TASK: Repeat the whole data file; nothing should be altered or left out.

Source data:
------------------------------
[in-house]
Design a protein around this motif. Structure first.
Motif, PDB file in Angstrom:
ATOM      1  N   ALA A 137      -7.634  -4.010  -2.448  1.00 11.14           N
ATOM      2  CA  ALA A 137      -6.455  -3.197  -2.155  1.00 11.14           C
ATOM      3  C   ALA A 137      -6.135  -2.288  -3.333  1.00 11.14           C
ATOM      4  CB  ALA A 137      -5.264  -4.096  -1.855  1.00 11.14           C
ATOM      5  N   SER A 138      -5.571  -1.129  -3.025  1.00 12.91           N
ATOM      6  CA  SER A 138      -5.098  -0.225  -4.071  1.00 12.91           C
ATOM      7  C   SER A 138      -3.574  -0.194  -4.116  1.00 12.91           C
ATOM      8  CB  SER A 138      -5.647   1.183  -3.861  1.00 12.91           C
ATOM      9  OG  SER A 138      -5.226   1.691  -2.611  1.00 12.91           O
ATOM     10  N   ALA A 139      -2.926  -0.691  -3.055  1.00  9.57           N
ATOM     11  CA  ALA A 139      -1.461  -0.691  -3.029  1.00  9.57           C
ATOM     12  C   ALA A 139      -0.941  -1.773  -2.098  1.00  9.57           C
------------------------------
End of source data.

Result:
[in-house]
Design a protein around this motif. Structure first.
Motif, PDB file in Angstrom:
ATOM      1  N   ALA A 137      -7.634  -4.010  -2.448  1.00 11.14           N
ATOM      2  CA  ALA A 137      -6.455  -3.197  -2.155  1.00 11.14           C
ATOM      3  C   ALA A 137      -6.135  -2.288  -3.333  1.00 11.14           C
ATOM      4  CB  ALA A 137      -5.264  -4.096  -1.855  1.00 11.14           C
ATOM      5  N   SER A 138      -5.571  -1.129  -3.025  1.00 12.91           N
ATOM      6  CA  SER A 138      -5.098  -0.225  -4.071  1.00 12.91           C
ATOM      7  C   SER A 138      -3.574  -0.194  -4.116  1.00 12.91           C
ATOM      8  CB  SER A 138      -5.647   1.183  -3.861  1.00 12.91           C
ATOM      9  OG  SER A 138      -5.226   1.691  -2.611  1.00 12.91           O
ATOM     10  N   ALA A 139      -2.926  -0.691  -3.055  1.00  9.57           N
ATOM     11  CA  ALA A 139      -1.461  -0.691  -3.029  1.00  9.57           C
ATOM     12  C   ALA A 139      -0.941  -1.773  -2.098  1.00  9.57           C